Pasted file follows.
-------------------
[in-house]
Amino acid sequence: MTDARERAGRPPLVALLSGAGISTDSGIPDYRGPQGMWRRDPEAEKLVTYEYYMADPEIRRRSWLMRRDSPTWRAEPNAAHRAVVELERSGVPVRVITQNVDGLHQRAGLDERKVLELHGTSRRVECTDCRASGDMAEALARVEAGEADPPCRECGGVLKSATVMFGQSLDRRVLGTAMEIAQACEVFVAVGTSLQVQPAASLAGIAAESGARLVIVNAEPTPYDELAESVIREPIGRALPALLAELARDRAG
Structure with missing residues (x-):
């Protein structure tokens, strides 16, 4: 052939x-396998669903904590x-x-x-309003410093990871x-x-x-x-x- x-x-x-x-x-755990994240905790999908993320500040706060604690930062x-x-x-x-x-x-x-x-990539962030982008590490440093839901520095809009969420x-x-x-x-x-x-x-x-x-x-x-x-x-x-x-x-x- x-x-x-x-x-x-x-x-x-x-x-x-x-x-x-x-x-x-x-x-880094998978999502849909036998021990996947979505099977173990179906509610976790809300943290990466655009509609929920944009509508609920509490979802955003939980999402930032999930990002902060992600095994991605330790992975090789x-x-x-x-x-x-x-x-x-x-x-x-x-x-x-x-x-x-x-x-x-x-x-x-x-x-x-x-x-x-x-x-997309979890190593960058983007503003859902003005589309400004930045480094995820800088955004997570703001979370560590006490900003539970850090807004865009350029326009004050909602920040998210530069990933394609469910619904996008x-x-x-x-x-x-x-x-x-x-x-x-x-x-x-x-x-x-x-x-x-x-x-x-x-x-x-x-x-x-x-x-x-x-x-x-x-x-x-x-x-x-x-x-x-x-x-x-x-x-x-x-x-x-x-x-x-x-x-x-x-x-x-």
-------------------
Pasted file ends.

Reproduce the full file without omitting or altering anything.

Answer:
[in-house]
Amino acid sequence: MTDARERAGRPPLVALLSGAGISTDSGIPDYRGPQGMWRRDPEAEKLVTYEYYMADPEIRRRSWLMRRDSPTWRAEPNAAHRAVVELERSGVPVRVITQNVDGLHQRAGLDERKVLELHGTSRRVECTDCRASGDMAEALARVEAGEADPPCRECGGVLKSATVMFGQSLDRRVLGTAMEIAQACEVFVAVGTSLQVQPAASLAGIAAESGARLVIVNAEPTPYDELAESVIREPIGRALPALLAELARDRAG
Structure with missing residues (x-):
């Protein structure tokens, strides 16, 4: 052939x-396998669903904590x-x-x-309003410093990871x-x-x-x-x- x-x-x-x-x-755990994240905790999908993320500040706060604690930062x-x-x-x-x-x-x-x-990539962030982008590490440093839901520095809009969420x-x-x-x-x-x-x-x-x-x-x-x-x-x-x-x-x- x-x-x-x-x-x-x-x-x-x-x-x-x-x-x-x-x-x-x-x-880094998978999502849909036998021990996947979505099977173990179906509610976790809300943290990466655009509609929920944009509508609920509490979802955003939980999402930032999930990002902060992600095994991605330790992975090789x-x-x-x-x-x-x-x-x-x-x-x-x-x-x-x-x-x-x-x-x-x-x-x-x-x-x-x-x-x-x-x-997309979890190593960058983007503003859902003005589309400004930045480094995820800088955004997570703001979370560590006490900003539970850090807004865009350029326009004050909602920040998210530069990933394609469910619904996008x-x-x-x-x-x-x-x-x-x-x-x-x-x-x-x-x-x-x-x-x-x-x-x-x-x-x-x-x-x-x-x-x-x-x-x-x-x-x-x-x-x-x-x-x-x-x-x-x-x-x-x-x-x-x-x-x-x-x-x-x-x-x-």